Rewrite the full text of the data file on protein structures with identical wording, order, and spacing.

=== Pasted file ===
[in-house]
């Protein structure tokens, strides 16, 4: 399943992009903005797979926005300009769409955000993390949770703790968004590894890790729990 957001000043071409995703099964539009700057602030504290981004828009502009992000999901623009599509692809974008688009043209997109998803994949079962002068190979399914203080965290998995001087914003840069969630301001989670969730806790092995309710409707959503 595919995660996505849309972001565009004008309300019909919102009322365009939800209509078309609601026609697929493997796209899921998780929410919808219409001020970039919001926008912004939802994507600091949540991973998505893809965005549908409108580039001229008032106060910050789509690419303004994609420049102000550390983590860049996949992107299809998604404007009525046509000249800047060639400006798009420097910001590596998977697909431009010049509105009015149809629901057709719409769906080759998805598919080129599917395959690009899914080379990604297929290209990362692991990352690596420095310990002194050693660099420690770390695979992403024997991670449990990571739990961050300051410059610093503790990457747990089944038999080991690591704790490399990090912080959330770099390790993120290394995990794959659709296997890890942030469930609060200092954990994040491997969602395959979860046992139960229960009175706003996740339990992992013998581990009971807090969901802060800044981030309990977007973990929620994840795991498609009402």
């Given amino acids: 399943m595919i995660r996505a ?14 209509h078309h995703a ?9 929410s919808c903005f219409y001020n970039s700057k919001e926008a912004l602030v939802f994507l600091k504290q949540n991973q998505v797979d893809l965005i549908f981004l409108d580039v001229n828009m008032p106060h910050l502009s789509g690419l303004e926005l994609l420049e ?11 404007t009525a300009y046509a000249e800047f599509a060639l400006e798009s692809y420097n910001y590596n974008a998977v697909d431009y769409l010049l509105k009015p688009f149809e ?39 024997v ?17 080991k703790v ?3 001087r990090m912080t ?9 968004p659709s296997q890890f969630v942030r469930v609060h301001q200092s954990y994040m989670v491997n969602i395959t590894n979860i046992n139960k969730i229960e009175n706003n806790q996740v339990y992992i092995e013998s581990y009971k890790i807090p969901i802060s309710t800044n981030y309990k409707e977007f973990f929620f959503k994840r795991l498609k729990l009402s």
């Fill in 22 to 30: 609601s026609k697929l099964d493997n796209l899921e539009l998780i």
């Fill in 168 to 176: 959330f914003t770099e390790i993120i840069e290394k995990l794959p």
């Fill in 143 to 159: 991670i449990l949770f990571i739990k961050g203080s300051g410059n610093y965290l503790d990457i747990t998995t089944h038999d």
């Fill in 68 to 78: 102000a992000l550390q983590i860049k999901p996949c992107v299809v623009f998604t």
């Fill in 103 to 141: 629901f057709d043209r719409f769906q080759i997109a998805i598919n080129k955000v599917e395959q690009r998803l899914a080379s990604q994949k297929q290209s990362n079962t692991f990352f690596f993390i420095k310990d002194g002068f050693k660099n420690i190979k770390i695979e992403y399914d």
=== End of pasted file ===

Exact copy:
[in-house]
């Protein structure tokens, strides 16, 4: 399943992009903005797979926005300009769409955000993390949770703790968004590894890790729990 957001000043071409995703099964539009700057602030504290981004828009502009992000999901623009599509692809974008688009043209997109998803994949079962002068190979399914203080965290998995001087914003840069969630301001989670969730806790092995309710409707959503 595919995660996505849309972001565009004008309300019909919102009322365009939800209509078309609601026609697929493997796209899921998780929410919808219409001020970039919001926008912004939802994507600091949540991973998505893809965005549908409108580039001229008032106060910050789509690419303004994609420049102000550390983590860049996949992107299809998604404007009525046509000249800047060639400006798009420097910001590596998977697909431009010049509105009015149809629901057709719409769906080759998805598919080129599917395959690009899914080379990604297929290209990362692991990352690596420095310990002194050693660099420690770390695979992403024997991670449990990571739990961050300051410059610093503790990457747990089944038999080991690591704790490399990090912080959330770099390790993120290394995990794959659709296997890890942030469930609060200092954990994040491997969602395959979860046992139960229960009175706003996740339990992992013998581990009971807090969901802060800044981030309990977007973990929620994840795991498609009402």
């Given amino acids: 399943m595919i995660r996505a ?14 209509h078309h995703a ?9 929410s919808c903005f219409y001020n970039s700057k919001e926008a912004l602030v939802f994507l600091k504290q949540n991973q998505v797979d893809l965005i549908f981004l409108d580039v001229n828009m008032p106060h910050l502009s789509g690419l303004e926005l994609l420049e ?11 404007t009525a300009y046509a000249e800047f599509a060639l400006e798009s692809y420097n910001y590596n974008a998977v697909d431009y769409l010049l509105k009015p688009f149809e ?39 024997v ?17 080991k703790v ?3 001087r990090m912080t ?9 968004p659709s296997q890890f969630v942030r469930v609060h301001q200092s954990y994040m989670v491997n969602i395959t590894n979860i046992n139960k969730i229960e009175n706003n806790q996740v339990y992992i092995e013998s581990y009971k890790i807090p969901i802060s309710t800044n981030y309990k409707e977007f973990f929620f959503k994840r795991l498609k729990l009402s």
């Fill in 22 to 30: 609601s026609k697929l099964d493997n796209l899921e539009l998780i």
């Fill in 168 to 176: 959330f914003t770099e390790i993120i840069e290394k995990l794959p």
């Fill in 143 to 159: 991670i449990l949770f990571i739990k961050g203080s300051g410059n610093y965290l503790d990457i747990t998995t089944h038999d």
């Fill in 68 to 78: 102000a992000l550390q983590i860049k999901p996949c992107v299809v623009f998604t």
């Fill in 103 to 141: 629901f057709d043209r719409f769906q080759i997109a998805i598919n080129k955000v599917e395959q690009r998803l899914a080379s990604q994949k297929q290209s990362n079962t692991f990352f690596f993390i420095k310990d002194g002068f050693k660099n420690i190979k770390i695979e992403y399914d």